Collaborative efforts in the late 19th and early 20th centuries brought about the first television sets, marking the advent of a technological shift to forever change society. Here’s a little look at what goes on behind the scenes to bring us our favourite piece of household technology.
Initial camera capture
A television camera will snap upwards of 24 images each second by capturing hundreds of lines of light via its light detectors. The recorded pictures give the effect of moving images, while microphones pick up the simultaneous sounds. The images and audio are transmitted as distinct signals.
Transmission through the airwaves
Analog technology transfers signals as waves, often resulting in screen ‘snow’. While many basic sets still use this format, the introduction of digital television has brought about a significant improvement in quality thanks to multiplexed, encoded signals.
From the wires to your television set
Whether digital or analog, signals will be sent via cables, satellite dishes or antennas for your television to convert them back to images and sounds. The specifics of how this is done varies depending on the type of TV. Cathode-ray tube (CRT) televisions separate the audio and video. Electrons are shot down a cathode-ray tube for electromagnets to essentially push them in a sweeping motion across the screen. They will reach certain dots on the screen of green, blue and red, called phosphors, lighting up those required and leaving others darkened to generate the image. Contemporary flatscreens, like LCD, have coloured pixels which can be turned on/off. While similar, plasma screens utilise plasma-filled pixels, giving a smooth, vivid picture but with a higher price tag.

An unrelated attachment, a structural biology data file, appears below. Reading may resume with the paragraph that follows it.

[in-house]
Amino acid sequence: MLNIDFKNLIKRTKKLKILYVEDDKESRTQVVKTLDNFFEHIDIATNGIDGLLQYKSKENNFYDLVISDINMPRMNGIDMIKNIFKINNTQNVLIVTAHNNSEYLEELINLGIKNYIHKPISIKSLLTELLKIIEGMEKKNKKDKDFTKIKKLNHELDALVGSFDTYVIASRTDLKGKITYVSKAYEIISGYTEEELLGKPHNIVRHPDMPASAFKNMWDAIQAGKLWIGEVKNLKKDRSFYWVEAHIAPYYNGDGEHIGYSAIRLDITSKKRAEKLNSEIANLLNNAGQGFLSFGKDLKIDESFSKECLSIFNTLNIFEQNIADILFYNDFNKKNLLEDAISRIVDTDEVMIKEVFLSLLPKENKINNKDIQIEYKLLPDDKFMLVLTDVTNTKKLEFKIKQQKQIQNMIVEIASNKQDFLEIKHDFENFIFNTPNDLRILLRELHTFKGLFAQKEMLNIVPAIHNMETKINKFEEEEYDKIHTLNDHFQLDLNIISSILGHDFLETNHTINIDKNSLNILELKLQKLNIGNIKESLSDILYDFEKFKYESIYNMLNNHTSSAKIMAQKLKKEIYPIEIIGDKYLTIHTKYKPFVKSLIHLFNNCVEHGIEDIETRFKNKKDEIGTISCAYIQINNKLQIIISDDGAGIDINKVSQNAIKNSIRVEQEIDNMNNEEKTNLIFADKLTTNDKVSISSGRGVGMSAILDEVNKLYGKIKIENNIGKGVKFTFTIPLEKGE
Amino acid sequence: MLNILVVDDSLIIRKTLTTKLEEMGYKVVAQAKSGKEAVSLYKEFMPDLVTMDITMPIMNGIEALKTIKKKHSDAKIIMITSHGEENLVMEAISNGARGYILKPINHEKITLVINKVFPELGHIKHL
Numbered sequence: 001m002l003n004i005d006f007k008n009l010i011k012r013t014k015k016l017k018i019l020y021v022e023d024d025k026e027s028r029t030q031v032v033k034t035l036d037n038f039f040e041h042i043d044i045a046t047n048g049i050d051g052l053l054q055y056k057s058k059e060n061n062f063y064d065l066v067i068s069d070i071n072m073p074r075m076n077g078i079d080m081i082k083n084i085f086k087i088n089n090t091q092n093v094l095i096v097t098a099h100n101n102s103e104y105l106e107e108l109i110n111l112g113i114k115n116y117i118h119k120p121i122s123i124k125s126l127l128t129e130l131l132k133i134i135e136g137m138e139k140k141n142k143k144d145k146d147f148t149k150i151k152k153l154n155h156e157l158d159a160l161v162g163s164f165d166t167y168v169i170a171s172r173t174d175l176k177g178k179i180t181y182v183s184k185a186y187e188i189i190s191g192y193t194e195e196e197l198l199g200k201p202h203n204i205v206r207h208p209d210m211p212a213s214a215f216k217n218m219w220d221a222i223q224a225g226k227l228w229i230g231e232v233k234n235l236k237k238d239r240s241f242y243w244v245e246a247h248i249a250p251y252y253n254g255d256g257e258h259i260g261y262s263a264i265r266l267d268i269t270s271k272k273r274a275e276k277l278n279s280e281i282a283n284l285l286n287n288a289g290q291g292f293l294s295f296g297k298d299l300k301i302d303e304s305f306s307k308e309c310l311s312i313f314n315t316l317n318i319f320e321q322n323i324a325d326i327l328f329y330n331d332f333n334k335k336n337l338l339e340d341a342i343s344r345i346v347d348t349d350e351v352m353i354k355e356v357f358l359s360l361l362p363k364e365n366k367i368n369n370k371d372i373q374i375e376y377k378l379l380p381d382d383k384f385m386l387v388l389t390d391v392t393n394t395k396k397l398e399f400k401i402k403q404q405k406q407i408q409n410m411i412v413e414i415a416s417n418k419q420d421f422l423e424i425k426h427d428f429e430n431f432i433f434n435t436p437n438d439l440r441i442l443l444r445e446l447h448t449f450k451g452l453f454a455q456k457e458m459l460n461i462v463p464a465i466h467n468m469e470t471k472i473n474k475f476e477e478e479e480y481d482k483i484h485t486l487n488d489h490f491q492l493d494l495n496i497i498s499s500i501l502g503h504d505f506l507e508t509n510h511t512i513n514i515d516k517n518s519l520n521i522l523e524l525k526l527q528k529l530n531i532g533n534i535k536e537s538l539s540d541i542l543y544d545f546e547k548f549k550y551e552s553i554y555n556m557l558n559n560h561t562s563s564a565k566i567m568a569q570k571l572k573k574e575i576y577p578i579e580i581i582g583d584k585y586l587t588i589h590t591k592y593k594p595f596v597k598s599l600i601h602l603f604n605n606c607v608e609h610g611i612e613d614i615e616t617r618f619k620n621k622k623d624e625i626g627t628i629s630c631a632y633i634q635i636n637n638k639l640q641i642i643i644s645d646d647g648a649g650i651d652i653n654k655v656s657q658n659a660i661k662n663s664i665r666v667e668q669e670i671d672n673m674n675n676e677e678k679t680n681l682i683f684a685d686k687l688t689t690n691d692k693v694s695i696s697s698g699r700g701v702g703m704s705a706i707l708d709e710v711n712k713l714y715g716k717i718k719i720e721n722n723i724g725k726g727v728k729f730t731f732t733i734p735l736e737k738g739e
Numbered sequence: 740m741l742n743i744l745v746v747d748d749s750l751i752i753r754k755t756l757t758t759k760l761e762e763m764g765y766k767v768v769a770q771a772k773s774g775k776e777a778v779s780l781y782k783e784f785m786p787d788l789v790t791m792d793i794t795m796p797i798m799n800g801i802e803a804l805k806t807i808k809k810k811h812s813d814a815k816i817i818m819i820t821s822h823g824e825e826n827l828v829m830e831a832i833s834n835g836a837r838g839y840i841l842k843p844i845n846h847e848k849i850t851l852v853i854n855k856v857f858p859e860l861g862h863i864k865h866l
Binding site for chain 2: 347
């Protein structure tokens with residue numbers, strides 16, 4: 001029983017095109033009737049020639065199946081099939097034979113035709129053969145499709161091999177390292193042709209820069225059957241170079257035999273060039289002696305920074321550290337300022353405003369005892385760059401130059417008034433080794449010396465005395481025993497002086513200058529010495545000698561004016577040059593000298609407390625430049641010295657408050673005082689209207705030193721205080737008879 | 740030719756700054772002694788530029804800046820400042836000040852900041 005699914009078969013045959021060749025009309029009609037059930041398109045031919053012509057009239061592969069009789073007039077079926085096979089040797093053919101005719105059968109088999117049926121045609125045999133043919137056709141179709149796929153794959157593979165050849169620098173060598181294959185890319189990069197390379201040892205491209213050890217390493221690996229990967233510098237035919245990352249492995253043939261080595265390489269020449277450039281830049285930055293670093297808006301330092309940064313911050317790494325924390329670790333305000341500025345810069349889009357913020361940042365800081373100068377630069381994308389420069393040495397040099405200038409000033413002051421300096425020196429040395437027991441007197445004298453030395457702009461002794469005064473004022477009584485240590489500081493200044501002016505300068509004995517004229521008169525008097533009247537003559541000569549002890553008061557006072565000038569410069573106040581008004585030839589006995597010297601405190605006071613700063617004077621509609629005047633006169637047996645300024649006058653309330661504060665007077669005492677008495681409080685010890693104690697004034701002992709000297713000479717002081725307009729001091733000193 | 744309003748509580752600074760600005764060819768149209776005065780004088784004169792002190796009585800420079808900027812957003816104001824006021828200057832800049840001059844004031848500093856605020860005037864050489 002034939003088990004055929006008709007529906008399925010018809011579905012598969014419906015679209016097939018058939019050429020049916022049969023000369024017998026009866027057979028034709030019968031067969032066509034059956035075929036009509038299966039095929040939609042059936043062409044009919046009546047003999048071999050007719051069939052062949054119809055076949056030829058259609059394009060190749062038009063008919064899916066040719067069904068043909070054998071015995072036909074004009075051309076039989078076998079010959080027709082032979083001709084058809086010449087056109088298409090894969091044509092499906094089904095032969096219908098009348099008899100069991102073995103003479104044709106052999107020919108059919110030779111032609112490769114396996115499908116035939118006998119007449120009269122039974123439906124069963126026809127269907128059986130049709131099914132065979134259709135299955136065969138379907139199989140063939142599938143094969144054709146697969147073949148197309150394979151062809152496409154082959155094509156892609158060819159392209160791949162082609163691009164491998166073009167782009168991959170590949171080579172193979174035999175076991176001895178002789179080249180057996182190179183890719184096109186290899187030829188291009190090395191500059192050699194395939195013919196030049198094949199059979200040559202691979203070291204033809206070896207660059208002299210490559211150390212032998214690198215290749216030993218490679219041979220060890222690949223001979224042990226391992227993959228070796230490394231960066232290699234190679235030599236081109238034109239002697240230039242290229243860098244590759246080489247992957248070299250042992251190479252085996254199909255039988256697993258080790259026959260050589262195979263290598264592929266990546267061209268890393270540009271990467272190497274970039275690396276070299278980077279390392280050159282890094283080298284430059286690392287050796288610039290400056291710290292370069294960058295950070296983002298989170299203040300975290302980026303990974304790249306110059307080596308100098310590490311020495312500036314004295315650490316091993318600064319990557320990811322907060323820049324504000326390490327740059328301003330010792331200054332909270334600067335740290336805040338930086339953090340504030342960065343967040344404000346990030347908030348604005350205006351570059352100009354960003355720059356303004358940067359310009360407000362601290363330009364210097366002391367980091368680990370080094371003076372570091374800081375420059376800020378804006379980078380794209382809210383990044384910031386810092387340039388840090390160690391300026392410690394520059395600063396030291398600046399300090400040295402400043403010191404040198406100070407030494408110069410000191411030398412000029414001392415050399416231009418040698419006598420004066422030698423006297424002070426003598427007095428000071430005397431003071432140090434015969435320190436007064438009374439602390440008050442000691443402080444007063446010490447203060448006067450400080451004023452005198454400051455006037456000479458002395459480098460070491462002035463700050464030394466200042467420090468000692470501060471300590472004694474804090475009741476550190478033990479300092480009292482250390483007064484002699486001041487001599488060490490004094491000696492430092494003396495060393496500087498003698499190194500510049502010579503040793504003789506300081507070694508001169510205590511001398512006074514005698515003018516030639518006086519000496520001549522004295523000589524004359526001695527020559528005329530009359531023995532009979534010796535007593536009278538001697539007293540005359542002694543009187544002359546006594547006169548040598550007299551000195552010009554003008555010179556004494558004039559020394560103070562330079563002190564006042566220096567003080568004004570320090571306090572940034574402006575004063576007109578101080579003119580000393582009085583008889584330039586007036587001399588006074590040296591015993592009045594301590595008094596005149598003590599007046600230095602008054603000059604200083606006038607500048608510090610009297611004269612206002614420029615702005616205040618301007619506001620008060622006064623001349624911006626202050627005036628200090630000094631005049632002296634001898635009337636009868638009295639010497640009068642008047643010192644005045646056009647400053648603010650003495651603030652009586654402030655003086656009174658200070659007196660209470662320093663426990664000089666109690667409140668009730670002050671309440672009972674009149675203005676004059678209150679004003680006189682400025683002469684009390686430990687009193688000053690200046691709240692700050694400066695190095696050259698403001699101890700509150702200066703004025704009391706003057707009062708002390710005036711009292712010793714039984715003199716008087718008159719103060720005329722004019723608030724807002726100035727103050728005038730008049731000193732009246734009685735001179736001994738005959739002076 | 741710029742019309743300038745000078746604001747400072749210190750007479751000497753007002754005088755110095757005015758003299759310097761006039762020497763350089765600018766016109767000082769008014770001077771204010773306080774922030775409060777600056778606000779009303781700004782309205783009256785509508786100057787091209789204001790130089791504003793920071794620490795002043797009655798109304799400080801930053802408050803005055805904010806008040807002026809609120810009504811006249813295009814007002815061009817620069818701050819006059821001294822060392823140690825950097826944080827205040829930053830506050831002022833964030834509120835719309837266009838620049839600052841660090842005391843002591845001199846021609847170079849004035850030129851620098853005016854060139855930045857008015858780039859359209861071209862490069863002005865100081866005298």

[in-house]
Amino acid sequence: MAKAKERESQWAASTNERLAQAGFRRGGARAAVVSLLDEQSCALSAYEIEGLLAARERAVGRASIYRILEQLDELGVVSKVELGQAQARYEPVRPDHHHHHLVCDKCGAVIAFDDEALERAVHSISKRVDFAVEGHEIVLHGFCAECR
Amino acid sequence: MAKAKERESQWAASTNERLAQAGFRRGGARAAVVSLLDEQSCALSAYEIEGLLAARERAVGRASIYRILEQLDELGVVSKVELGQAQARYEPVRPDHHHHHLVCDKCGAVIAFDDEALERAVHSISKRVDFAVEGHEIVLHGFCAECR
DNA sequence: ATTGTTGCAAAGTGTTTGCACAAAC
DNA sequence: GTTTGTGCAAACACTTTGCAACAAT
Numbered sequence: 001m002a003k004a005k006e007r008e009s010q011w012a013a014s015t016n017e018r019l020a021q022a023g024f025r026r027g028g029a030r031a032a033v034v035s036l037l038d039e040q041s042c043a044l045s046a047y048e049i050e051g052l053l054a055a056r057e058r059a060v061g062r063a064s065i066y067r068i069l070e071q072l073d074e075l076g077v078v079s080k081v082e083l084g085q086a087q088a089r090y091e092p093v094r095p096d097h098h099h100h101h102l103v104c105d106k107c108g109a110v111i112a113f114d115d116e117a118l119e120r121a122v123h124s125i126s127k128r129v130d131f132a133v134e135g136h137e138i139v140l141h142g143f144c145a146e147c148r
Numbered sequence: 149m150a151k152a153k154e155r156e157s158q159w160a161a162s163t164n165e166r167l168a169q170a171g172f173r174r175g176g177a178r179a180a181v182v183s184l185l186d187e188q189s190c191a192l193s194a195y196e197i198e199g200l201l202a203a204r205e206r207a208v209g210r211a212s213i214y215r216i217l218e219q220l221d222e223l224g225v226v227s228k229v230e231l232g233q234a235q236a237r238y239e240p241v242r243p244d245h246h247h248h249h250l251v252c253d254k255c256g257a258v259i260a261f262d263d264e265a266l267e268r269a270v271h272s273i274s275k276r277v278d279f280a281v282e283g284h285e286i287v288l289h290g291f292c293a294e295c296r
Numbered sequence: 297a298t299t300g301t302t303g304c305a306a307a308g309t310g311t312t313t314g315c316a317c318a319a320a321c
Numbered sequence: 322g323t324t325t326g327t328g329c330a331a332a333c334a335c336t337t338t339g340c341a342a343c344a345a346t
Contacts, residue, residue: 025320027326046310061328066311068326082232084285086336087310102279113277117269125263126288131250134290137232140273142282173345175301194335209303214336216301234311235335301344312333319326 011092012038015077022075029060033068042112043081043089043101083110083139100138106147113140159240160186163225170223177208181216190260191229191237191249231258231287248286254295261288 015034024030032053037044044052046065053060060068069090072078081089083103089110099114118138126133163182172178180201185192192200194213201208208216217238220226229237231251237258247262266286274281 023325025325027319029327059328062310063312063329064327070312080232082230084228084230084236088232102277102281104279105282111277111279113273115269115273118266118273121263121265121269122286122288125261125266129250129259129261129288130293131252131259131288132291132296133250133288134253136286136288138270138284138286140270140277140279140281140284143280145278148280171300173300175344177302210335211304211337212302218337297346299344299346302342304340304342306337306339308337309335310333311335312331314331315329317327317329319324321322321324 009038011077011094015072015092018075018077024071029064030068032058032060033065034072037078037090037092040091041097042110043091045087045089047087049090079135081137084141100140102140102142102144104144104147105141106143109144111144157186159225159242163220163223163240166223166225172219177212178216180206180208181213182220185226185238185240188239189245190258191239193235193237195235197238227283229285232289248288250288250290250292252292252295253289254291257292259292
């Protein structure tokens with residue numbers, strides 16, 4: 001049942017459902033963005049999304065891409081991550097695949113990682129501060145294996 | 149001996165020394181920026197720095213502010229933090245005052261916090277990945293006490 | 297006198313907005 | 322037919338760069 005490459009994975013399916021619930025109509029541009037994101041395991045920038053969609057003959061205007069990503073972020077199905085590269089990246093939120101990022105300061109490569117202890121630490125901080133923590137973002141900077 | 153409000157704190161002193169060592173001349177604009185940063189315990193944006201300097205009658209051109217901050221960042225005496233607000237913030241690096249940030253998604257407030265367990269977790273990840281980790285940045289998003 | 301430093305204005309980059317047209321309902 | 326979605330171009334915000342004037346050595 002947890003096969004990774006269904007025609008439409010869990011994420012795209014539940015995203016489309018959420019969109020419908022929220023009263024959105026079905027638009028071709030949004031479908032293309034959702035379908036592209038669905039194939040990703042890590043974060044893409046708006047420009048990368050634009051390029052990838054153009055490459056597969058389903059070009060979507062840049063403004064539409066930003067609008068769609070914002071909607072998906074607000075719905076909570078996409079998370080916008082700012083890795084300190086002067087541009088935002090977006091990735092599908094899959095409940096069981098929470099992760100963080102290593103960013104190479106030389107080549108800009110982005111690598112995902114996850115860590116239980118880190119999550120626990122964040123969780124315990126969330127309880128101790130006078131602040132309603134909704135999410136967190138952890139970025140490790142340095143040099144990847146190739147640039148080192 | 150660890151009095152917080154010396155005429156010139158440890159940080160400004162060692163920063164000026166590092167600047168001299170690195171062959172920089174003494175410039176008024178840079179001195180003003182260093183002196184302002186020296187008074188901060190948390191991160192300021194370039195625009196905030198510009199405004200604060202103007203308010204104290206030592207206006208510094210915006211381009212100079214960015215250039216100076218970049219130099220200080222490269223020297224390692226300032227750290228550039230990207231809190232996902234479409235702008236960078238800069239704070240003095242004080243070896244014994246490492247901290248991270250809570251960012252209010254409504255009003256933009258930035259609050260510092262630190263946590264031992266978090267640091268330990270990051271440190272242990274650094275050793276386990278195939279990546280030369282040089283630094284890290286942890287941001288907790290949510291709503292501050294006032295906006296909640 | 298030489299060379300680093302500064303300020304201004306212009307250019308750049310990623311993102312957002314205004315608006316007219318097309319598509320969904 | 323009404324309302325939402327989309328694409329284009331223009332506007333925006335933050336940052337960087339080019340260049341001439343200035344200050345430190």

Of course, no technology is infallible. Seek professional assistance for installation and repair of TV or satellite services and consider a company such as Stroud TV aerial installation at http://steveunettaerials.co.uk/services/satellite-repair-installation-stroud/.
Development over time
Research by Ofcom suggests that 95% of homes owned a TV by 2016, with the average time spent watching it by those aged 4+ is 216 minutes per day – https://www.ofcom.org.uk/about-ofcom/latest/media/facts.
Roots can be traced back to the development of the Nipkow disk in 1884. The first BBC broadcast aired in 1932 and the first LCD TV set for purchase was released by Sharp in 1988. By 2017, we have TVs over 60″, curved screens and 3D technology, with advancements set to continue.